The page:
Following the murder of 17-year-old Laquan McDonald by police officer Jason VanDyke, many in Chicago have pushed for criminal justice reform.
Editor’s note: Amy Campanelli, the Public Defender of Cook County, Illinois, is a strong advocate for reform of Chicago’s police department and courts. On January 31, a federal judge approved a consent decree requiring the Chicago Police Department undertake dozens of reforms as a result of its ugly history, including the police shooting of teenager Laquan McDonald and alleged cover-up of the murder by three other officers. Campanelli has sponsored numerous efforts to reform the criminal system, including recently proposed legislation that would guarantee arrestees access to a phone within one hour of being detained. She spoke on January 8, 2019, at Chicago’s Northern Illinois Conference of the United Methodist Church about her experience as a public defender in Chicago, and the legacy of racism that plagues the police and the courts. What follows is an edited transcription of her remarks.
I’ve been a defense attorney for thirty-one years, twenty-six of them as a public defender, most recently with Cook County. I’ve seen hate and racism in our criminal justice system. I’ve seen my clients’ wrists bruised, with red rings caused by handcuffs squeezed too tight. I’ve seen black eyes, bruises to the chest, the back, the legs, the face. One of my clients had stitches in his head from when a Chicago detective hit him with rings on his finger. I’ve listened to my clients in case after case tell me how they were screamed at for hours, pushed around, beaten, prevented from using the bathroom, denied food, water, and medication. All at the hands of the police.
These stories aren’t isolated; they are the rule. We, all of us, have allowed these things to happen for years because we’ve accepted the narrative that people in some communities are less worthy, less human.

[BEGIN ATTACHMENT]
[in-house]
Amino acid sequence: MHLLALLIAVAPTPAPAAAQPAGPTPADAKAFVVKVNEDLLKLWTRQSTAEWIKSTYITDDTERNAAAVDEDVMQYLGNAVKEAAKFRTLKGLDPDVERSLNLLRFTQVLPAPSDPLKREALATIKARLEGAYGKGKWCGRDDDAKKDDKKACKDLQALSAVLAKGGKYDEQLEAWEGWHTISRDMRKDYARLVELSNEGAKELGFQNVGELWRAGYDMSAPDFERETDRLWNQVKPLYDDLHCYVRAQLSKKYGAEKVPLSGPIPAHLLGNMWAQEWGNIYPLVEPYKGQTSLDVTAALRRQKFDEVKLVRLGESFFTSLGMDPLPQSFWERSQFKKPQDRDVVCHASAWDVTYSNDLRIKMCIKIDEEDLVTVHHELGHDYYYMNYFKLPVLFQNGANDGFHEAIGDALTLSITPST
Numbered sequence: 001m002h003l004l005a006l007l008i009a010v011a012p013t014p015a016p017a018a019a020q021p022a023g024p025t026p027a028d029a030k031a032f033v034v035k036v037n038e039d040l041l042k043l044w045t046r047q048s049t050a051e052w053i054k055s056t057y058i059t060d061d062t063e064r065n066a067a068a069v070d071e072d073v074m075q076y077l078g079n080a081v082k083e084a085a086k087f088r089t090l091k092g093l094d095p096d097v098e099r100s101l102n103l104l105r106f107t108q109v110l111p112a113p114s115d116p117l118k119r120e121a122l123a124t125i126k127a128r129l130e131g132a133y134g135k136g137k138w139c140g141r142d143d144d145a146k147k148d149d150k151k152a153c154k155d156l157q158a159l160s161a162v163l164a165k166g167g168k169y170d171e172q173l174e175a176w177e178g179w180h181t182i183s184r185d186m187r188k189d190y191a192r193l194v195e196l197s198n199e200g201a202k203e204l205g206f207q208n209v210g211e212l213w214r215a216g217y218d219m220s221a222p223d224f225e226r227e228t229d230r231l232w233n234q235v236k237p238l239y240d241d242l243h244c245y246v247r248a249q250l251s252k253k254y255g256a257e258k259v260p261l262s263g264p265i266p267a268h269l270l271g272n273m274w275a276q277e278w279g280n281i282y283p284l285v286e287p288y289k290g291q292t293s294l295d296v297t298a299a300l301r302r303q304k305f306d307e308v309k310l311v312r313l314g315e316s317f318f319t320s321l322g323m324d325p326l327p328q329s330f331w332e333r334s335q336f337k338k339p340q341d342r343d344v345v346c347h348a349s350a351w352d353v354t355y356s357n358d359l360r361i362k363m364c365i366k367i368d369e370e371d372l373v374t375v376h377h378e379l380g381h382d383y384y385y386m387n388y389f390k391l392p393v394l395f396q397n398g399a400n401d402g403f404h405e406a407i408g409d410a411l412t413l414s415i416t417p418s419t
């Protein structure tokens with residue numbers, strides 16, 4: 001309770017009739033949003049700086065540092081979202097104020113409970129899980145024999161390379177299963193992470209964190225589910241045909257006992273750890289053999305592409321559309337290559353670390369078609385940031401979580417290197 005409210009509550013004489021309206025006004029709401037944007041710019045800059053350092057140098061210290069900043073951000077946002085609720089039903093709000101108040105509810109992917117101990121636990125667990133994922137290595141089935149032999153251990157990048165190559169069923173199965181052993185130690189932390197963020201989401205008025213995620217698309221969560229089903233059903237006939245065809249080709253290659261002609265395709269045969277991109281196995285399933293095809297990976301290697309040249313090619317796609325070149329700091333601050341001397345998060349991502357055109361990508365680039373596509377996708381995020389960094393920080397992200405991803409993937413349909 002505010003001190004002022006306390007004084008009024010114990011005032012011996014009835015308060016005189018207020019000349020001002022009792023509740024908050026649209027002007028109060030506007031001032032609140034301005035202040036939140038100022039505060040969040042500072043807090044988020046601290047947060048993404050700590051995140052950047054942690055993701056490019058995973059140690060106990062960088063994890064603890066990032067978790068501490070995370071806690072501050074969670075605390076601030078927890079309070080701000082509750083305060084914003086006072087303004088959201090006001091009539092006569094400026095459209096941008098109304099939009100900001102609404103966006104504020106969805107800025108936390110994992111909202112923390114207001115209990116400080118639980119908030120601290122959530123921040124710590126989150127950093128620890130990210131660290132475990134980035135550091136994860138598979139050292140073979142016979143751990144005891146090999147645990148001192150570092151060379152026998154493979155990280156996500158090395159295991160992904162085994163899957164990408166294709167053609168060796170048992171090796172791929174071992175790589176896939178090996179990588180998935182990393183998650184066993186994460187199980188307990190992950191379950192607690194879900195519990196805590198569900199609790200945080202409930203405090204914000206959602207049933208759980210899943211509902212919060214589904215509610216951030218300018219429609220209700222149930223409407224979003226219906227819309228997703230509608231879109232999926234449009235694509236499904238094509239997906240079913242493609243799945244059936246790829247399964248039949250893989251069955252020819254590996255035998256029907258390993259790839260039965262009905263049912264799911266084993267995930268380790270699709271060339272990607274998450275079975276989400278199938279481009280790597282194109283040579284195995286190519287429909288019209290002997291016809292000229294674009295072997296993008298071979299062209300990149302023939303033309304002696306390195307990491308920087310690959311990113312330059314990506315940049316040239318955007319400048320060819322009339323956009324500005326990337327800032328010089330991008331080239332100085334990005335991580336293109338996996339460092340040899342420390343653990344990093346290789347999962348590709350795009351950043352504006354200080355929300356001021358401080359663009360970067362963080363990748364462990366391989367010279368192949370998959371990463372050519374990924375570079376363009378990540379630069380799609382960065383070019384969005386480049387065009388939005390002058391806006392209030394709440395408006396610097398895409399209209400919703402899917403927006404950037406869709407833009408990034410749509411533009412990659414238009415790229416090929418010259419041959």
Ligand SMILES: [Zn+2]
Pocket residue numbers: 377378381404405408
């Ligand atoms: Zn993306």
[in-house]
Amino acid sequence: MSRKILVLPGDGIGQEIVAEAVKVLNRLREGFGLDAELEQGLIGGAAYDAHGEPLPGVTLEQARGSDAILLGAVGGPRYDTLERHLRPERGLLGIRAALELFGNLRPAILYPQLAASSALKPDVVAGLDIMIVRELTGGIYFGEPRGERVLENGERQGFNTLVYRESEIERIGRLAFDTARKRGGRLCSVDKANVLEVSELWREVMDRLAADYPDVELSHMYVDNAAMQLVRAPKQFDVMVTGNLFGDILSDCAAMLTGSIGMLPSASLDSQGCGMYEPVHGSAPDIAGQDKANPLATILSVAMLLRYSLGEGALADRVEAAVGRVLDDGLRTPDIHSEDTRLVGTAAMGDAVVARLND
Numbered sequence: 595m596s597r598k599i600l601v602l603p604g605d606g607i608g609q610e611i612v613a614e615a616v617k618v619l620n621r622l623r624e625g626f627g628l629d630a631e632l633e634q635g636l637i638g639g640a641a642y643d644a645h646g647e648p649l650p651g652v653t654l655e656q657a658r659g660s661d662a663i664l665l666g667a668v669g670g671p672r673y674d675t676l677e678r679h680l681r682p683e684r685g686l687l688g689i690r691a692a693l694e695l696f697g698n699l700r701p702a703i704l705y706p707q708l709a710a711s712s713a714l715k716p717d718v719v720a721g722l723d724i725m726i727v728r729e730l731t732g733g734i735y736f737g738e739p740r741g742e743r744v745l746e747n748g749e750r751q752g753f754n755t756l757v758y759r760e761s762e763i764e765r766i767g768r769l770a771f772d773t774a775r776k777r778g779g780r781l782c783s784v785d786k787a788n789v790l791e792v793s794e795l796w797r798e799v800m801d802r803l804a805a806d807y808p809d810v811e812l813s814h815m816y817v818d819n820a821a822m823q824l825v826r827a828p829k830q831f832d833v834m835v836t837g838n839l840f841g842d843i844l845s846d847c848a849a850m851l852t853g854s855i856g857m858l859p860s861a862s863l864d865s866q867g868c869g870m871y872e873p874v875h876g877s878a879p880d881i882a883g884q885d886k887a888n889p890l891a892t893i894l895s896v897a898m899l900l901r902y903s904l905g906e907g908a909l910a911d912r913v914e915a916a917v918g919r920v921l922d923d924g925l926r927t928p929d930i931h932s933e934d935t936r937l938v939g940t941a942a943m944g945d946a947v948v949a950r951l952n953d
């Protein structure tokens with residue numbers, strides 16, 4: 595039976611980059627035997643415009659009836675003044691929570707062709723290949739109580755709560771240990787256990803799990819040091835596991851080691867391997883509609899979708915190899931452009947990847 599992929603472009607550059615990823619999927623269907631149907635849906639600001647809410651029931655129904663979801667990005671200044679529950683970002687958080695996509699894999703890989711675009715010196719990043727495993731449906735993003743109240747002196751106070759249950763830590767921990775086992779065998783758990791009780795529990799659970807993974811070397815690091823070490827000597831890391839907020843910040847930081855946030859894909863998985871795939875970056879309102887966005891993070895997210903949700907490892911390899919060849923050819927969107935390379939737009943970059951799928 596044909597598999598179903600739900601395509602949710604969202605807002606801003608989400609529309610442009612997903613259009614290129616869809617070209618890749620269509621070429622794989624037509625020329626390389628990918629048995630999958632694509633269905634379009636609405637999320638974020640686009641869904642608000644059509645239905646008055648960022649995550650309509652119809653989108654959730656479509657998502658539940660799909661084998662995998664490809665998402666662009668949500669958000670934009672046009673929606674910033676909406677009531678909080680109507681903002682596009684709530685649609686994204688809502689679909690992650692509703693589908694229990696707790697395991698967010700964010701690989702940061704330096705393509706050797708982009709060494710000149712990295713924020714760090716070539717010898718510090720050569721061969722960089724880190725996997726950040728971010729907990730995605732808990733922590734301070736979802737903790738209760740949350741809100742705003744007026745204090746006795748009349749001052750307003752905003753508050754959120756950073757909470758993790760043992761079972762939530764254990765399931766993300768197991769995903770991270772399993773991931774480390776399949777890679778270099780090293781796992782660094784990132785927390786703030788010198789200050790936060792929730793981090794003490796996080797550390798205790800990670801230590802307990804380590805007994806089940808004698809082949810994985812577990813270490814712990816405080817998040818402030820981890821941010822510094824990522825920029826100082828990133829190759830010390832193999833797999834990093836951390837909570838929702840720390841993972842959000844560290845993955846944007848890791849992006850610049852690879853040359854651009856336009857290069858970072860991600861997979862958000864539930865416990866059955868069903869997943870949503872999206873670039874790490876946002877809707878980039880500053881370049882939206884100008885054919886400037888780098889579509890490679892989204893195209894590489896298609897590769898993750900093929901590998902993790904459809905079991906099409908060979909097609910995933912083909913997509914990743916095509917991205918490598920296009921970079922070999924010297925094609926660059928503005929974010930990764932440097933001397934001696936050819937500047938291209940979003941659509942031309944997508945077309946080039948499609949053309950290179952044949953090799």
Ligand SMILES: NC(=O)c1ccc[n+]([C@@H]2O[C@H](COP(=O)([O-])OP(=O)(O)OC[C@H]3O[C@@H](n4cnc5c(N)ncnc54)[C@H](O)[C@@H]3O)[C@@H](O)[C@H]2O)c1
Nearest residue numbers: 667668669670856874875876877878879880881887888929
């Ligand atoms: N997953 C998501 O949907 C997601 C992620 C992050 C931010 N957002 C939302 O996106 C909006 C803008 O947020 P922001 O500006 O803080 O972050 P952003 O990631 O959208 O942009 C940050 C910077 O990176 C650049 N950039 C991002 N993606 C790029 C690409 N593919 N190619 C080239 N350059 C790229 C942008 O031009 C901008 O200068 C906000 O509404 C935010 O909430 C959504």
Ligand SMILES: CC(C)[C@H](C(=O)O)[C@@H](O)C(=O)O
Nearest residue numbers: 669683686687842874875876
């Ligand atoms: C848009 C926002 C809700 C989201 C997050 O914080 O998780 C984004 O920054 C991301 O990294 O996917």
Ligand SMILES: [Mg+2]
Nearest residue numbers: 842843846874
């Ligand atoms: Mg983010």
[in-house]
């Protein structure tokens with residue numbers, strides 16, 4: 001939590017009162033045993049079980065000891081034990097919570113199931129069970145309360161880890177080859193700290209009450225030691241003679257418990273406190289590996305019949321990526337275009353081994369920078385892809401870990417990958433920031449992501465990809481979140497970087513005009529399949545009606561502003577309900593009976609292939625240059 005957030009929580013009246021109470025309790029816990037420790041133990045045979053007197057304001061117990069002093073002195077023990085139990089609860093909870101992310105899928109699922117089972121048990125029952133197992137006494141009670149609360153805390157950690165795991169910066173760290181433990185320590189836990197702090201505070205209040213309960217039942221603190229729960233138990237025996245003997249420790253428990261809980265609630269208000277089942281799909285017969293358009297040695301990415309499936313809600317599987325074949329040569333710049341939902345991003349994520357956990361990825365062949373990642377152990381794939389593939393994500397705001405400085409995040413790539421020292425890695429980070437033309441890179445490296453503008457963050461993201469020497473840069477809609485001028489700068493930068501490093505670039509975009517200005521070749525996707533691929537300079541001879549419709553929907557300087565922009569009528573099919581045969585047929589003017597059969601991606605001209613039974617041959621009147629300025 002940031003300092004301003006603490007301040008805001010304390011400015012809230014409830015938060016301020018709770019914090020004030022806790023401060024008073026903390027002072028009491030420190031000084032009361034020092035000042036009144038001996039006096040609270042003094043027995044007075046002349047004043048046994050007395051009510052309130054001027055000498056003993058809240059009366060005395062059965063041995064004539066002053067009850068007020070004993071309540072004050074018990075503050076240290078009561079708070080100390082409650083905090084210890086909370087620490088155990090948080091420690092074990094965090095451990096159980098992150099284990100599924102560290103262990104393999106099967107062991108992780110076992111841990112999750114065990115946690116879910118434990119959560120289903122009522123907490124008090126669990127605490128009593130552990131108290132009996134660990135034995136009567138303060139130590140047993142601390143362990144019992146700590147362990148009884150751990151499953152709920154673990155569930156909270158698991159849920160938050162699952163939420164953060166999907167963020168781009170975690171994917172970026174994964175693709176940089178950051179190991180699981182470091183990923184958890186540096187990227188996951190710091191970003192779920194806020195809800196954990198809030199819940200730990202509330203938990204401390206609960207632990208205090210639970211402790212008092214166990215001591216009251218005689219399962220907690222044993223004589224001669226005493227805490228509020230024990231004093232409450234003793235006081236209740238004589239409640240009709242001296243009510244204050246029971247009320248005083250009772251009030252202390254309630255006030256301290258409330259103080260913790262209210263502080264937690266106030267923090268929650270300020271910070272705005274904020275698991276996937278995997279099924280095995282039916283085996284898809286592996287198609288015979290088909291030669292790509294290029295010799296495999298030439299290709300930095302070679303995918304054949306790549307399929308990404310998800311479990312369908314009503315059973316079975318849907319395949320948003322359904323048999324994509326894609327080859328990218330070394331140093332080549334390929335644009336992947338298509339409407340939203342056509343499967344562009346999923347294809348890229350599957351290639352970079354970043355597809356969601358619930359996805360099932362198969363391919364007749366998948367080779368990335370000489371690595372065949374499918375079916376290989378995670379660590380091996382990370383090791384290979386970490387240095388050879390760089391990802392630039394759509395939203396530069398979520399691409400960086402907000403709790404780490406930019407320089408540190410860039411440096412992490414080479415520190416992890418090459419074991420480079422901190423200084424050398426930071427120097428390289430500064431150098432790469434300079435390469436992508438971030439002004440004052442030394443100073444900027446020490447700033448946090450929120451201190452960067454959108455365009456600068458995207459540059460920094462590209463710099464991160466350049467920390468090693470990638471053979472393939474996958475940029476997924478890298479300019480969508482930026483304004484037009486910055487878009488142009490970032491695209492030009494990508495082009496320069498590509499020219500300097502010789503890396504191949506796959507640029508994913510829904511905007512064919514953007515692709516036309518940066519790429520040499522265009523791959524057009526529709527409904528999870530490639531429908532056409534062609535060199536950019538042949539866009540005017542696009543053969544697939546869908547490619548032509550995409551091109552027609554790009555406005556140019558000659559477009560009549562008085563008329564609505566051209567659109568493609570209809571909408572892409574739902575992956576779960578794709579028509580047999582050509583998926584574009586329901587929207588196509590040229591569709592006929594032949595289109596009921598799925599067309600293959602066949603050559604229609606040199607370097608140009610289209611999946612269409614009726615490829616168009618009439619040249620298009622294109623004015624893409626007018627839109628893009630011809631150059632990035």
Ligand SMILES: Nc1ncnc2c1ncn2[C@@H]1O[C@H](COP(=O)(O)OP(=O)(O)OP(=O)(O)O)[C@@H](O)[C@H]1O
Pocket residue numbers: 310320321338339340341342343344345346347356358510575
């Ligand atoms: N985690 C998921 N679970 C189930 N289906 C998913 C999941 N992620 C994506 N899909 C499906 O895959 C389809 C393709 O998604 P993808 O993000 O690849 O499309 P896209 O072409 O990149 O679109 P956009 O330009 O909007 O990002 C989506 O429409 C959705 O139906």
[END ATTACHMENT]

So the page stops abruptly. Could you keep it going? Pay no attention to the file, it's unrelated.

Public defenders serve as a voice for people in these communities. We hear their stories, we see the excessive use of force by police. We experience the system as it processes human beings into prison inmates.
As public defenders, we represent some 80 percent of the people who pass through our criminal courts system. (I don’t call it the criminal justice system, by the way. When it becomes just on a daily basis, I will start calling it the criminal justice system.)
As public defenders, we are at the front lines in court. Our job is to attack the government’s abuse of power, to show how evidence has been destroyed or mishandled, how homes have been searched without warrants, and how those arrested have been beaten and intimidated to falsely confess.
We work to help judges understand a whole person, not just see a potential criminal, and to put mistakes into context. We work to show how a person is more than the crime they are charged with.
There must be an obligation to treat everyone in the criminal courts system as our brother, our sister, our child. When we recognize our connection to every person who touches our lives, we will treat them with dignity and fairness and love. As the Bible notes, “That which you do to the least of my brothers and sisters you do to me.”
We’ve come a long way.
In 1931, for example, nine African American teenagers were wrongfully arrested for raping two women on a train. They came to be known as the Scottsboro Boys. There was no evidence to arrest, let alone convict. Eight of them were convicted and sentenced to death just two weeks after the alleged crime.
But out of that horror of hate and racism came the decision in Powell vs. Alabama, which said for the first time that the 6th Amendment right to a lawyer at trial applied to the states. [Equal Justice Initiative founder and director] Bryan Stevenson has noted that the Scottsboro case teaches that you cannot underestimate the power of our history as it relates to race and poverty in the struggle for justice.